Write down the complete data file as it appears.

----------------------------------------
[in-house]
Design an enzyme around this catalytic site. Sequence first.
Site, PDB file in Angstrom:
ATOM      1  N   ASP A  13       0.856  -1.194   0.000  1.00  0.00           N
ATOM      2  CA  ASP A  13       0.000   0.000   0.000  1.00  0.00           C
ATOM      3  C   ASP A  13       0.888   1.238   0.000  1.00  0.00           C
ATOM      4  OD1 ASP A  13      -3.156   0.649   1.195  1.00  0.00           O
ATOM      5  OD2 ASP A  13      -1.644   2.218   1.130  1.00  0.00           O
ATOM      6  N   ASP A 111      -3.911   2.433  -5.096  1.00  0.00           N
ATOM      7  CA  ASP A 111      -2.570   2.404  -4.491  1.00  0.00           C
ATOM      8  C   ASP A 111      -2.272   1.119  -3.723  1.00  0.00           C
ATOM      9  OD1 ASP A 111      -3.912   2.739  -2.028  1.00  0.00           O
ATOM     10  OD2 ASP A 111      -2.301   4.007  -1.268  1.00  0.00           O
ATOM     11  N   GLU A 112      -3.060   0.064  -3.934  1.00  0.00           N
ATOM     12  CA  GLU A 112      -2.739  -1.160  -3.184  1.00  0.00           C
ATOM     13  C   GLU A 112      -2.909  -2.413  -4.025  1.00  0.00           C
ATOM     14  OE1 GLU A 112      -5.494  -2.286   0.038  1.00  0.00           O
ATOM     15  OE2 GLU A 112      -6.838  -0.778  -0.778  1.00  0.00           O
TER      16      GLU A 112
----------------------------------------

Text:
[in-house]
Design an enzyme around this catalytic site. Sequence first.
Site, PDB file in Angstrom:
ATOM      1  N   ASP A  13       0.856  -1.194   0.000  1.00  0.00           N
ATOM      2  CA  ASP A  13       0.000   0.000   0.000  1.00  0.00           C
ATOM      3  C   ASP A  13       0.888   1.238   0.000  1.00  0.00           C
ATOM      4  OD1 ASP A  13      -3.156   0.649   1.195  1.00  0.00           O
ATOM      5  OD2 ASP A  13      -1.644   2.218   1.130  1.00  0.00           O
ATOM      6  N   ASP A 111      -3.911   2.433  -5.096  1.00  0.00           N
ATOM      7  CA  ASP A 111      -2.570   2.404  -4.491  1.00  0.00           C
ATOM      8  C   ASP A 111      -2.272   1.119  -3.723  1.00  0.00           C
ATOM      9  OD1 ASP A 111      -3.912   2.739  -2.028  1.00  0.00           O
ATOM     10  OD2 ASP A 111      -2.301   4.007  -1.268  1.00  0.00           O
ATOM     11  N   GLU A 112      -3.060   0.064  -3.934  1.00  0.00           N
ATOM     12  CA  GLU A 112      -2.739  -1.160  -3.184  1.00  0.00           C
ATOM     13  C   GLU A 112      -2.909  -2.413  -4.025  1.00  0.00           C
ATOM     14  OE1 GLU A 112      -5.494  -2.286   0.038  1.00  0.00           O
ATOM     15  OE2 GLU A 112      -6.838  -0.778  -0.778  1.00  0.00           O
TER      16      GLU A 112